The other interesting command in that lot of gibberish was this one: mkpart primary ext4 4 -1. From the name, you can probably guess this is the command that is actually making or creating the partition. I wanted a single volume of 4TB in size, so I’m creating a single primary partition which will eventually use ext4 as its file system. The tricky bit is those last 2 numbers. They tell parted where the new partition should start and stop, expressed as offsets from the disk’s “inner track”, with ‘-1′ having the special meaning of ‘keep going until you run out of disk platter!’. My code, for example, says “start at the 4MB mark and continue until the end of the disk”. Which probably prompts the next obvious question: why start at 4MB? Why not at 0?
Well, here’s the message I got when I did start at 0:
(parted) mkpart primary ext4 0 -1
Warning: The resulting partition is not properly aligned for best performance.
I’m afraid we’re talking about that hoary old chestnut, partition boundary alignment. Your raid array has a stripe size; the volume is created of clusters; if the partition boundaries aren’t aligned right, then the one can cross over the other and have the effect of causing what ought to have been one I/O operation to become two. Windows suffers from the same thing, incidentally, and there’s even an article available on the issue (that probably explains it better than I just did!). Long story cut short, therefore: by
skill and profound insight luck, I found that sacrificing the first 4MB of my hard disk allowed my partition boundaries to align correctly (and thus give me a substantial performance boost for nearly nothing). The number you’d have to sacrifice to achieve the same thing will depend entirely on your stripe size, cluster size and (probably) the wind direction that day… so experiment. The align-check command you see me do simply gets parted to confirm that the newly-created partition really is properly aligned.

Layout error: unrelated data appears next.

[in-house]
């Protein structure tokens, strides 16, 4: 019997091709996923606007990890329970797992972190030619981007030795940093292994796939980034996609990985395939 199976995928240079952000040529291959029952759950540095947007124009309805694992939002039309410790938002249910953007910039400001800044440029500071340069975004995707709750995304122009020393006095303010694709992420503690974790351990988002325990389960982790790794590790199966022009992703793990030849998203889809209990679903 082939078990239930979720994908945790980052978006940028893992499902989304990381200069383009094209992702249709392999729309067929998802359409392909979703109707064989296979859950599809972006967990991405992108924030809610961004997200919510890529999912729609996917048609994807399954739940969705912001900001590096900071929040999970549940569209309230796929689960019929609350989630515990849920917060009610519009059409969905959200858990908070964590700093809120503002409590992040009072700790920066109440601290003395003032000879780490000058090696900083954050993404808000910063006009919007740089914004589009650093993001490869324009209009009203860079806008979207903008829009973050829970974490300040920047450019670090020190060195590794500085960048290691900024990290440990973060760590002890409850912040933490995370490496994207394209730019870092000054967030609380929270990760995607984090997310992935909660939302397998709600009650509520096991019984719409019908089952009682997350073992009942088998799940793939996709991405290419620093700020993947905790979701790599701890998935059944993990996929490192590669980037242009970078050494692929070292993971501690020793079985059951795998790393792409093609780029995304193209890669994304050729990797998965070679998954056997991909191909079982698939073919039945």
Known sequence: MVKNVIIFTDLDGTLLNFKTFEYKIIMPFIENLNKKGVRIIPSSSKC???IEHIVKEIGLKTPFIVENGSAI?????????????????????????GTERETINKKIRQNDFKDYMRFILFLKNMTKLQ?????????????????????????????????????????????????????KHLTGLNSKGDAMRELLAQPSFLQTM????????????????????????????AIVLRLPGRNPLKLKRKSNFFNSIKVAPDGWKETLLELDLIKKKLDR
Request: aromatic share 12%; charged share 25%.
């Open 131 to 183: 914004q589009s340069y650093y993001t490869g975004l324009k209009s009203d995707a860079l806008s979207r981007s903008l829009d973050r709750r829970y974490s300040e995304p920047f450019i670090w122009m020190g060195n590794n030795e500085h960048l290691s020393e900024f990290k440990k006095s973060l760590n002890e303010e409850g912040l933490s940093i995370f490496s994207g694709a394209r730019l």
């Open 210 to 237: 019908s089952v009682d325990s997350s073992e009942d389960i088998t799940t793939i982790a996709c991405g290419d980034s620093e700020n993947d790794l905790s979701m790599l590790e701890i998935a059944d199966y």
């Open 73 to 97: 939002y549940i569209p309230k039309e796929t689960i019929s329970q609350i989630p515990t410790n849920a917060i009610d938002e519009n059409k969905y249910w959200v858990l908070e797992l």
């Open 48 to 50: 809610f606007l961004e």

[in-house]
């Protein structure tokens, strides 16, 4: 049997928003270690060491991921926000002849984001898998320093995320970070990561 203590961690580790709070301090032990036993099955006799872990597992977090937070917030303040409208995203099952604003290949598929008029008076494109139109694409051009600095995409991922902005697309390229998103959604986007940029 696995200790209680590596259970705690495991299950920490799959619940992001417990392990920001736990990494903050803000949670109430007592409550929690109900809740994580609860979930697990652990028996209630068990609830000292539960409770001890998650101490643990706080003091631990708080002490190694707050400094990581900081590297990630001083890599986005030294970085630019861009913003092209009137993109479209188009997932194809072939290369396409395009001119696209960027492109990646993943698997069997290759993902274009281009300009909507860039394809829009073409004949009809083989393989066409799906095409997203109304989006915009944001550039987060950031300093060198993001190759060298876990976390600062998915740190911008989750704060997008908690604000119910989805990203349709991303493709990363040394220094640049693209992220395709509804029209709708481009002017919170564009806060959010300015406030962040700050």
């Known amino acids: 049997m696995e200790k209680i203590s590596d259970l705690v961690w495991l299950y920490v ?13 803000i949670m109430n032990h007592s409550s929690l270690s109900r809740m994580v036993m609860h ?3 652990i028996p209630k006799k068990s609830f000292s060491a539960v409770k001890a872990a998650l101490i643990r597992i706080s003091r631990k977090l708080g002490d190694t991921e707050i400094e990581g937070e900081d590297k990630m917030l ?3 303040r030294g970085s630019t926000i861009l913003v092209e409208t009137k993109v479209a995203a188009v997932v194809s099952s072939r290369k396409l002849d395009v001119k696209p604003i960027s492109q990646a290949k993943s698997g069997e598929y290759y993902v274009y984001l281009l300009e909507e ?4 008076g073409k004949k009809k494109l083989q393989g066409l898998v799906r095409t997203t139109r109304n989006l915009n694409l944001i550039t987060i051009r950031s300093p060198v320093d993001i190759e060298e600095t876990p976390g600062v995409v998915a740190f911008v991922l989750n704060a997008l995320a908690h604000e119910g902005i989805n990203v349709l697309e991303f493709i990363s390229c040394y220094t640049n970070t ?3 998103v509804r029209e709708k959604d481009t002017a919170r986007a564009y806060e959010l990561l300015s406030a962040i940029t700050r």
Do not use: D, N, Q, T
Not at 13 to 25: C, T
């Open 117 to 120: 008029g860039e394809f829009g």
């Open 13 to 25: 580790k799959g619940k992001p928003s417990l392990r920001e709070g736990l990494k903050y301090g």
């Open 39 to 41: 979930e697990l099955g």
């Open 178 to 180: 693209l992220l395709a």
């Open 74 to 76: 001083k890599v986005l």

Once parted has done its work, it’s relatively easy to format the new partition with a new file system. I say “relatively” there, only because the formatting options for the ext4 file system are a pain in the neck! Here’s the command I issued:
sudo mkfs -t ext4 -m 0 -O extents,uninit_bg,dir_index,filetype,has_journal,sparse_super -L safedata /dev/mapper/isw_ifdbedffj_safedata
Nice! The main parts of interest here is that the command mkfs is being applied to the correct device (i.e., /dev/mapper/isw_ifdbedffj_safedata); I’m giving the resulting file system a label (that’s the -L bit) of “safedata”, too; and I’m making sure the file system uses extents and a journal (extents makes it fast, a journal makes it safe). What the other options are doing… well, that’s what documentation is for!
Incidentally, when I first issued that command, I was told “/dev/mapper/isw_ifdbedffj_safedata is apparently in use by the system; will not make a filesystem here!” Quite how a disk volume with no file system could actually be in use by the system, I haven’t the faintest idea… but a reboot cured the problem and allowed me to format the thing without a problem. (I realise this is very much the Windows User approach to Linux difficulties, but there are times when switching the thing off and on again actually works!)
Finally, it’s time to mount the new file system -for which, of course, you need a mountpoint. I also like to ensure I assign ownership and permissions on the drive once it’s been mounted:
sudo mkdir /data
sudo mount /dev/mapper/isw_ifdbedffj_safedata /data
sudo chown -R hjr:users /data
sudo chmod -R 775 /data
And if that all works, you polish things off by editing /etc/fstab so that the new volume is re-mounted automatically every time the PC restarts. Fstab edits can get clever, sexy (sort-of) and convoluted… but I kept mine very short and to-the-point:
/dev/mapper/isw_ifdbedffj_safedata /data ext4 defaults 0 0
Another reboot to check the thing actually does what it says on the tin, and we’re (finally!) sorted.